Tag Archive | Photograph

Are You Thinking About the Feelings?

I had a discussion recently with someone researching his family history. He was talking about a family member that died and the fact that the very next day, World War I was declared by the United States.  He wondered what the family feltat that time. Their son had just died and now the world was turned upside down by war. This also meant their surviving son might be called up for duty and in fact, he was.

When you enter your facts, documents, and pictures into Sort Your Story, are you also telling the stories that go with those individuals? Are you considering the feelings behind certain events? These feelings are what help us to bring our ancestors to life.

Our ancestors are more than just names, dates, and places. They lived a full life and dealt with similar things as we do today. Consider how they felt and write that part of their story too.


© 2012 Lorel Kapke, 19201 Sonoma Hwy. #341, Sonoma, CA 95476-5413

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Wisdom Wednesday – More on Identifying your Ancestors

Last week I talked about the importance of identifying people in your photographs whether they exist in an album, loose laying around the house, or on your computer in a file folder or Sort Your Story folders. This week I will expand a bit on this idea.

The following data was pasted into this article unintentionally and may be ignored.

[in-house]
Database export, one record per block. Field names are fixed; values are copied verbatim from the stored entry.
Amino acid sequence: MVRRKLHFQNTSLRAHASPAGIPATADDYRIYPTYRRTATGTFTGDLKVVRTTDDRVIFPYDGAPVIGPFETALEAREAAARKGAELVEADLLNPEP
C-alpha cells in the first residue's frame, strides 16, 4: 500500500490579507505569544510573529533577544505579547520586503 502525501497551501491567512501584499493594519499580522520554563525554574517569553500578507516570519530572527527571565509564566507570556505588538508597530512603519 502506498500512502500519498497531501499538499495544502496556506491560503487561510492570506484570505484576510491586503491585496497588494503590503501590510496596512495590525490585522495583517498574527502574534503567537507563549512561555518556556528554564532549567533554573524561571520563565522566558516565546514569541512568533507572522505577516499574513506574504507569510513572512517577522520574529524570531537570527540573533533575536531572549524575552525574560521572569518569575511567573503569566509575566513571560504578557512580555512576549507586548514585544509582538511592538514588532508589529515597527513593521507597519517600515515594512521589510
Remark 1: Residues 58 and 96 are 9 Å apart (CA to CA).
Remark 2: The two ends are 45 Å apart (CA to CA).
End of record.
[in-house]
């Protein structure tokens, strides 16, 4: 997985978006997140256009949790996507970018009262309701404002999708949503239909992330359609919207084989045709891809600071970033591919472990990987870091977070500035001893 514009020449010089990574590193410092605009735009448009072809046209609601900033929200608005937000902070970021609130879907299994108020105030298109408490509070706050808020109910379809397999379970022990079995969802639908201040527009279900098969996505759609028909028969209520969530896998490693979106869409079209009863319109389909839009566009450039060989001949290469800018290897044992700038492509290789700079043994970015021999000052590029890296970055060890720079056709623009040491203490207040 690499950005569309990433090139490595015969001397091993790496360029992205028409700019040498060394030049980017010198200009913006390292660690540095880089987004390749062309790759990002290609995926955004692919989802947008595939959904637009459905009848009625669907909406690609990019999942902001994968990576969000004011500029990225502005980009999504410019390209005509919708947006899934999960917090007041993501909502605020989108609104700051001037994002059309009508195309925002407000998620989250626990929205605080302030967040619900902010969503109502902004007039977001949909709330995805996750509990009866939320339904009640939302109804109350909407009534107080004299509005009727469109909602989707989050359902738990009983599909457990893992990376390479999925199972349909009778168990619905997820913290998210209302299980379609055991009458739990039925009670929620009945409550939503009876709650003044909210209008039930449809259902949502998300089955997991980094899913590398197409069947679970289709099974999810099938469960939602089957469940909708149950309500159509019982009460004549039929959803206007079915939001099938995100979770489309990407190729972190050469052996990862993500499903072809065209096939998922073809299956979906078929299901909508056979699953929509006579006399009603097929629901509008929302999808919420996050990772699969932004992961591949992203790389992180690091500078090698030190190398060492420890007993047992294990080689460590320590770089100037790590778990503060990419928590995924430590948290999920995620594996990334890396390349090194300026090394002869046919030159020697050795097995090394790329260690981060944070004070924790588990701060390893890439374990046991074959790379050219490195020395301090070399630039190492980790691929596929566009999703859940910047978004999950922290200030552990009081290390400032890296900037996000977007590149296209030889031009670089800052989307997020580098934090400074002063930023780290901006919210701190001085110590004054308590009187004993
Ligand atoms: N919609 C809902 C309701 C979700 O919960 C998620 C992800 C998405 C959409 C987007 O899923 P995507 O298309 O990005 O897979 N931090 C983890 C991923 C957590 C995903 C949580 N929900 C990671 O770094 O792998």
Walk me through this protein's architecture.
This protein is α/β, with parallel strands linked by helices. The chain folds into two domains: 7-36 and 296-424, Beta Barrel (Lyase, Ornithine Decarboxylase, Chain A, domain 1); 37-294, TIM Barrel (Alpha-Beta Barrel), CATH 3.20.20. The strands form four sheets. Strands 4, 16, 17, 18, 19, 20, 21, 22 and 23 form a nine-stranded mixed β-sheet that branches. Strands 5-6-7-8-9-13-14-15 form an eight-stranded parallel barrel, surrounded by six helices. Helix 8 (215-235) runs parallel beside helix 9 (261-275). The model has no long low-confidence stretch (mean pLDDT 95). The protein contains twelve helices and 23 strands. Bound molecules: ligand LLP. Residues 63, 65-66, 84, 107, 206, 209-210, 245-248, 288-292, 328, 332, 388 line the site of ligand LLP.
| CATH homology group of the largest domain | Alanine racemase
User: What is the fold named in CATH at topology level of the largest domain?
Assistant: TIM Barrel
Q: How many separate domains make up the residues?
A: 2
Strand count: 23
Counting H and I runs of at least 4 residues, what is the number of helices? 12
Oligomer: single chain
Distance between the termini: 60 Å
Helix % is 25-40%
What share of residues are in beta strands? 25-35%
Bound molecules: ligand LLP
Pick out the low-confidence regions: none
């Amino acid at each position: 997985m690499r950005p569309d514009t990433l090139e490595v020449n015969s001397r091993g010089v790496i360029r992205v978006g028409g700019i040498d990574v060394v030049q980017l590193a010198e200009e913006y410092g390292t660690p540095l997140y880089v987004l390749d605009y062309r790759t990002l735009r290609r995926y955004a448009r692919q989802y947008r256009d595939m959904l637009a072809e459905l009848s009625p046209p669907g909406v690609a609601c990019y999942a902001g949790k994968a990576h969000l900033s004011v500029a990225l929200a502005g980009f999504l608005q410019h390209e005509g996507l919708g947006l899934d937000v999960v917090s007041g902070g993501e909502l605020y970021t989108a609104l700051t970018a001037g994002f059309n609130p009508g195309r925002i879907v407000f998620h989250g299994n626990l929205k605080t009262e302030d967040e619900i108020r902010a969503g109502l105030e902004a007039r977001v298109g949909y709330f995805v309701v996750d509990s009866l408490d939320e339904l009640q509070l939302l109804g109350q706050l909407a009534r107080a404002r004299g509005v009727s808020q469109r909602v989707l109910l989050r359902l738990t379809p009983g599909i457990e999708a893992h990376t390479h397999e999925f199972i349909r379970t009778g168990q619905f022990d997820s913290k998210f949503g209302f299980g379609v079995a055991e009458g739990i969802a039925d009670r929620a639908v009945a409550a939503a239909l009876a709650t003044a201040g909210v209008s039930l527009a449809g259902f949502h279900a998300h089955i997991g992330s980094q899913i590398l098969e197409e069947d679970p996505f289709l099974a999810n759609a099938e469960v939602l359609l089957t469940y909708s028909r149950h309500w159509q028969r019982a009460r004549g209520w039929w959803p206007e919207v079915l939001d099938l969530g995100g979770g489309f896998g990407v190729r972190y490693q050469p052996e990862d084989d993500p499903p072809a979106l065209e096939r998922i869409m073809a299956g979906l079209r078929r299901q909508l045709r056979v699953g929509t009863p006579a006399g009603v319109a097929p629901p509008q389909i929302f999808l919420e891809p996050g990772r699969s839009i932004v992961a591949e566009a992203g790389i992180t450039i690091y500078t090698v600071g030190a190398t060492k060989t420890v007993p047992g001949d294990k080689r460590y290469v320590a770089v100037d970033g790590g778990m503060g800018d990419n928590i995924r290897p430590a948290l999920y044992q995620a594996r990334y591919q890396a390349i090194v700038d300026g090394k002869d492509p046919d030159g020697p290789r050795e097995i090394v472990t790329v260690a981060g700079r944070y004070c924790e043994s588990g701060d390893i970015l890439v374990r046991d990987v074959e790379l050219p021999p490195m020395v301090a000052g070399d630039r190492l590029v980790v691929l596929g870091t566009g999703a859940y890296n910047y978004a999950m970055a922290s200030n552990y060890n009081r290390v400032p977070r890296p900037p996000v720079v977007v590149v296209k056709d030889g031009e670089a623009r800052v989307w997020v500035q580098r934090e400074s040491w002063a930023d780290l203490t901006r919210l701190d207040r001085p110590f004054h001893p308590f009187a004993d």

A goal I suggested for 2012 was to identify all the people in your photographs. Have you started this project? How far have you gotten? Do you have people you cannot identify? Here are some suggestions on ways to possibly solve that problem.

  1. Create a site on Google’s Picasa like the Italians in Chicago project has done. Notice how the blurb about the collection asks for people to leave comments about the photographs. You can do the same thing with yours. It is up to you whether you want to make this photo collection public or private to only those with the URL.
  2. Post photos on your blog with as much information as you can provide. Maybe you know the photograph was in an album given to you by your grandmother Rose Smith. So, one can theorize that those photos must be of her family or her husband’s family and not one of your other lines. That helps narrow down who some of the individuals may be.
  3. Print your Sort Your Story work as a book and show that book to all your relatives when you gather together. You may be surprised at how many photos are identified and how many stories you will hear. Bring paper and pencil with to record it all!
  4. Post your photos on FaceBook or Google+. Social networking sites can hook you up with potential family members so it never hurts to try this route.

My goal for you this week is to make a list of all upcoming family gatherings to which you could bring your photographs. Birthday parties, weddings, miscellaneous parties, even wakes and funerals. I have taken photo albums to wakes and everyone sits around to look through them, talk about not only the deceased but the rest of the family. Many stories are shared. Don’t rule out the sad events in your life that bring people together. Those are the times when people may be more willing to open up about things.

And as always, enter your information into Sort Your Story so your family history is more complete!



© 2012 Lorel Kapke, 19201 Sonoma Hwy. #341, Sonoma, CA 95476-5413

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